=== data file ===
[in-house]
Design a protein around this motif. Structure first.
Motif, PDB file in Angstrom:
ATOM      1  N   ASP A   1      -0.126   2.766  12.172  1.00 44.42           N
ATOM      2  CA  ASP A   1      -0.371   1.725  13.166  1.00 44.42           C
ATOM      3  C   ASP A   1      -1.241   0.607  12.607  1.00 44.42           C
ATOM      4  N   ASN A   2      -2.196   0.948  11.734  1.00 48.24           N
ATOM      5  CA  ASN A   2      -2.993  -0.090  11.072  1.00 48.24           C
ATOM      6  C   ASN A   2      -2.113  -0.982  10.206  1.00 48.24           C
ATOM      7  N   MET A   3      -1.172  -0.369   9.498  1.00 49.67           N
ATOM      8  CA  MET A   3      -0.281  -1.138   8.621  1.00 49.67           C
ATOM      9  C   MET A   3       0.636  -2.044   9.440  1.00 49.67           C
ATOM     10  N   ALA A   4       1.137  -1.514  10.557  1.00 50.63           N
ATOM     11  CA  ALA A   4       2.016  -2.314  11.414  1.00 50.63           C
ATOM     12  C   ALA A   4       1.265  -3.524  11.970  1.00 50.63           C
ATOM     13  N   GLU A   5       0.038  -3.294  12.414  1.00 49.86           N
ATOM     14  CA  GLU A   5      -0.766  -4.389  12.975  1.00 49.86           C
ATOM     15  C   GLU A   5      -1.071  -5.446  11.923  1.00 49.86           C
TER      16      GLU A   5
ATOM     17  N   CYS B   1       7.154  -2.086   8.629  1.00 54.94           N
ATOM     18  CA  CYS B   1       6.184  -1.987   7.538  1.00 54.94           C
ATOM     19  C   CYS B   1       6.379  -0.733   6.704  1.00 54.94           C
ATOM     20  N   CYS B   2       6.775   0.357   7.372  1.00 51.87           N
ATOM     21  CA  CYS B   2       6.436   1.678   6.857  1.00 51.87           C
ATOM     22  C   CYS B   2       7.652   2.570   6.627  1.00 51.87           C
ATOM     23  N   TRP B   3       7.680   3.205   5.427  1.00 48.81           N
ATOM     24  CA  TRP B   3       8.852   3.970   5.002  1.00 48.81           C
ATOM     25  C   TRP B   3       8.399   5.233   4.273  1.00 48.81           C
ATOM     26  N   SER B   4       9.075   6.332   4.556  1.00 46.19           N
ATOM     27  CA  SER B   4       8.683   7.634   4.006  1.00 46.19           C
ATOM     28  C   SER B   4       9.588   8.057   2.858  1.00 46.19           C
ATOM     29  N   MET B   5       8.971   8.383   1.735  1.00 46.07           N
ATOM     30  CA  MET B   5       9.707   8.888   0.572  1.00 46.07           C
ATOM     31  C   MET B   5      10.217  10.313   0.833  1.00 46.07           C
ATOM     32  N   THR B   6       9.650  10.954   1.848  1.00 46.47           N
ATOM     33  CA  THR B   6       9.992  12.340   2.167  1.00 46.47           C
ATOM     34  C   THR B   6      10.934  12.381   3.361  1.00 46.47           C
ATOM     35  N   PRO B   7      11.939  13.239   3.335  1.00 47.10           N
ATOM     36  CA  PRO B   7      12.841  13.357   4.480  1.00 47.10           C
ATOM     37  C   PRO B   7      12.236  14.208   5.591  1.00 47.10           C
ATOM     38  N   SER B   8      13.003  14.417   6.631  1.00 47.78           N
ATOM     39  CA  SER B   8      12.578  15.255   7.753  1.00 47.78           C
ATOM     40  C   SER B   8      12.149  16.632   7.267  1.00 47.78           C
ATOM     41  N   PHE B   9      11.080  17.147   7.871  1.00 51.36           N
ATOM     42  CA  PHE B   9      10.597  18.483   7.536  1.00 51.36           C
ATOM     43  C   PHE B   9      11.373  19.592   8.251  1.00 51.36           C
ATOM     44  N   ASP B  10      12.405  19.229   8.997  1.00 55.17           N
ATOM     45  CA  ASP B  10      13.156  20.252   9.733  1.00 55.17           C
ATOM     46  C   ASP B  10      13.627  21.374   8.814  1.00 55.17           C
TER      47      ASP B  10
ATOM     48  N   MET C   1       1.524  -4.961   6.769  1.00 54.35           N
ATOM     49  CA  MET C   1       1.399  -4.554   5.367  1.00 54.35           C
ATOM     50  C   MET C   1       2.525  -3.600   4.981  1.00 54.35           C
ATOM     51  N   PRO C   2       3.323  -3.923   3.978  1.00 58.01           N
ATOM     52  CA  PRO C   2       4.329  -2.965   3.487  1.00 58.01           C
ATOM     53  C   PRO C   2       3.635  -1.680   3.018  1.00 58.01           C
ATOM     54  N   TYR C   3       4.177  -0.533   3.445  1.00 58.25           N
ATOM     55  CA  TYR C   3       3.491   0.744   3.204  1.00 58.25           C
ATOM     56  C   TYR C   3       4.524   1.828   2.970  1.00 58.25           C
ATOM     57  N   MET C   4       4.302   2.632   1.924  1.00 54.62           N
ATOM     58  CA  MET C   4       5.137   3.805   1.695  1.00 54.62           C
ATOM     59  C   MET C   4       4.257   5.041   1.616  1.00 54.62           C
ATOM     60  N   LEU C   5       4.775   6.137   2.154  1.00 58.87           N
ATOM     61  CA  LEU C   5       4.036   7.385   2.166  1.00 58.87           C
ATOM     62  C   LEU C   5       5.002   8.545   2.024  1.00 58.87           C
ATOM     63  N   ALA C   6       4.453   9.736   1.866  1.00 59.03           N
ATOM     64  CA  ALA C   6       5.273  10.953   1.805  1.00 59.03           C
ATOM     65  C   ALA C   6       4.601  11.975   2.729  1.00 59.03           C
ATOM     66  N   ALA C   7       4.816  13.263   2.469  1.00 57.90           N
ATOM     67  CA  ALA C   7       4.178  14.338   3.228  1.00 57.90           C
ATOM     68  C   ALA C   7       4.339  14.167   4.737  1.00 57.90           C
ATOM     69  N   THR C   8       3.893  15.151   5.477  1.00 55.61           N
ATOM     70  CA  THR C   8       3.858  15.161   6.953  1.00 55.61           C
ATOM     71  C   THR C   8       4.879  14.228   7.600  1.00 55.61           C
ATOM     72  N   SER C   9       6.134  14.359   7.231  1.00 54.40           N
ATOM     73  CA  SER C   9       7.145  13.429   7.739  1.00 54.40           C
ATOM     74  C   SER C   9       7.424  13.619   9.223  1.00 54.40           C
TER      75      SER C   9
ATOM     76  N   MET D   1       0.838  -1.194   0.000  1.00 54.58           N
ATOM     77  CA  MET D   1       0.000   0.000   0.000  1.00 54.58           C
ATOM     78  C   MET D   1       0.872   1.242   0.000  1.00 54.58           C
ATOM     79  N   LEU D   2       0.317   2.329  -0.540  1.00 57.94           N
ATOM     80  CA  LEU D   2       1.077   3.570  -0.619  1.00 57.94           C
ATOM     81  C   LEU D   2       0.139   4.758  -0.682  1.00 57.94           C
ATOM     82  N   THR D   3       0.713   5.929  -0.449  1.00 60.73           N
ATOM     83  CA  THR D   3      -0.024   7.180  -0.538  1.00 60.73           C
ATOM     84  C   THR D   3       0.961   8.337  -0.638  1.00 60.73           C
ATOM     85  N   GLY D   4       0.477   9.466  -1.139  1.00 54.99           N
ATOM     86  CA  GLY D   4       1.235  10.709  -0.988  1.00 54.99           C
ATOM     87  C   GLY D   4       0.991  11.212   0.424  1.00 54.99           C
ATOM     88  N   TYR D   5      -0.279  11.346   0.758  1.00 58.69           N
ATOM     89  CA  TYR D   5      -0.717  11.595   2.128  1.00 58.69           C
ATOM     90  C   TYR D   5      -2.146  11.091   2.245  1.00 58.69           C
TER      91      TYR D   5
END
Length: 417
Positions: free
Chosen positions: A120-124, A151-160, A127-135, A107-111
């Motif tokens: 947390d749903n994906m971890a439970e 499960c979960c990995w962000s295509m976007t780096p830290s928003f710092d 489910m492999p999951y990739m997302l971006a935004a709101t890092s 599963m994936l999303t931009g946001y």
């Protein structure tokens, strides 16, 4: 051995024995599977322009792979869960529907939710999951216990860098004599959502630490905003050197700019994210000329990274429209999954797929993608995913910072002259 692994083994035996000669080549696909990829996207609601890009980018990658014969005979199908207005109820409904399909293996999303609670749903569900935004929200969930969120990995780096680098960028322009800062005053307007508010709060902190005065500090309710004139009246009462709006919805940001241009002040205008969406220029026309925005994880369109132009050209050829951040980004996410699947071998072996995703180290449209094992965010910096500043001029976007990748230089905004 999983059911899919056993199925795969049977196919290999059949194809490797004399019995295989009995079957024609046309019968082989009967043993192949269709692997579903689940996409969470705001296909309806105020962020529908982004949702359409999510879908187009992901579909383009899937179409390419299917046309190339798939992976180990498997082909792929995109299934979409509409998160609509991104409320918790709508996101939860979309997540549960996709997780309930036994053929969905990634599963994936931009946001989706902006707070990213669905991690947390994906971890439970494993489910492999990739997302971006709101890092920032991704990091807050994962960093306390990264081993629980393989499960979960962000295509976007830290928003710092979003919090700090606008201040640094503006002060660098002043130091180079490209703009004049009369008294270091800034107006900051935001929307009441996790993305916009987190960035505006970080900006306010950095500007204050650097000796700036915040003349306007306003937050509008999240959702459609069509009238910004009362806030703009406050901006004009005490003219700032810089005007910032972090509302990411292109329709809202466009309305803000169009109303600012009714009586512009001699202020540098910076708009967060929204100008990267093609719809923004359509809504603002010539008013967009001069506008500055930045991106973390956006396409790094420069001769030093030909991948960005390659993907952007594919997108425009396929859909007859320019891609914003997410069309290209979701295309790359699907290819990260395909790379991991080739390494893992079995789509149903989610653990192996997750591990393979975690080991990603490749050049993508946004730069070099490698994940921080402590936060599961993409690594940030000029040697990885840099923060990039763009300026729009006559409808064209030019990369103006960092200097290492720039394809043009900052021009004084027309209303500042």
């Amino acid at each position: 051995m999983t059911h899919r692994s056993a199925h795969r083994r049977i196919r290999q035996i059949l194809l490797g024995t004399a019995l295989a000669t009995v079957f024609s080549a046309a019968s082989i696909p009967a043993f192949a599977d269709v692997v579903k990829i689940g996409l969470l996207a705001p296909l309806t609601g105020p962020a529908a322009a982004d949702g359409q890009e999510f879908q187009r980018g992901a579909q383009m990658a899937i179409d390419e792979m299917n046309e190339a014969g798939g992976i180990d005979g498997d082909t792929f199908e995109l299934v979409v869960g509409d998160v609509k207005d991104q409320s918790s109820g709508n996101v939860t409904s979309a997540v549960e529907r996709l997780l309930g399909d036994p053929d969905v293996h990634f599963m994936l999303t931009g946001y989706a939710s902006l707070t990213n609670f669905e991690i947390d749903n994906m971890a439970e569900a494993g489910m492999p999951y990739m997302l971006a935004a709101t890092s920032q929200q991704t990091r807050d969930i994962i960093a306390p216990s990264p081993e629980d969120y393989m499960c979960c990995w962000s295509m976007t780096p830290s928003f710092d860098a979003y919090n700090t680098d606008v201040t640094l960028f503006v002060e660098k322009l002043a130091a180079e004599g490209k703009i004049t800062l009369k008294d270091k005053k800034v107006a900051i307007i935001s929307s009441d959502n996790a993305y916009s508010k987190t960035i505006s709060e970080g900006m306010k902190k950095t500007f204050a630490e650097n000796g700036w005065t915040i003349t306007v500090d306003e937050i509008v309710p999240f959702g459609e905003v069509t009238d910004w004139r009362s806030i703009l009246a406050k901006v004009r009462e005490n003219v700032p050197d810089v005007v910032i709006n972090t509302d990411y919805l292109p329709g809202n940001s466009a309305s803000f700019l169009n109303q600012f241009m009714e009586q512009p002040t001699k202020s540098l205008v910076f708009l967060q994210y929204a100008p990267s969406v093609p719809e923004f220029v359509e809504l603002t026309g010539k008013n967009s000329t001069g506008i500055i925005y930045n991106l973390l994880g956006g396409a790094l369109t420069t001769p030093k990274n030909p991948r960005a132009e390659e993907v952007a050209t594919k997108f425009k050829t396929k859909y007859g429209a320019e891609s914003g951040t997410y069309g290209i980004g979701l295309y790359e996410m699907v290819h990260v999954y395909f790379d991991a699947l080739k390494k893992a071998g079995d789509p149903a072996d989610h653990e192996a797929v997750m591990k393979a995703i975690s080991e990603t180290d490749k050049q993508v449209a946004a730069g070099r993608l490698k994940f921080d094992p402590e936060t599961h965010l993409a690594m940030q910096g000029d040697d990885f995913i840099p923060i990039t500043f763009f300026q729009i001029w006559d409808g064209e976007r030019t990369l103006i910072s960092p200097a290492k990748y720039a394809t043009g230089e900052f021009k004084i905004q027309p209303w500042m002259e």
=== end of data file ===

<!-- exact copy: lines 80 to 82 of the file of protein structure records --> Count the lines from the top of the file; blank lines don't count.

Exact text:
ATOM     77  CA  MET D   1       0.000   0.000   0.000  1.00 54.58           C
ATOM     78  C   MET D   1       0.872   1.242   0.000  1.00 54.58           C
ATOM     79  N   LEU D   2       0.317   2.329  -0.540  1.00 57.94           N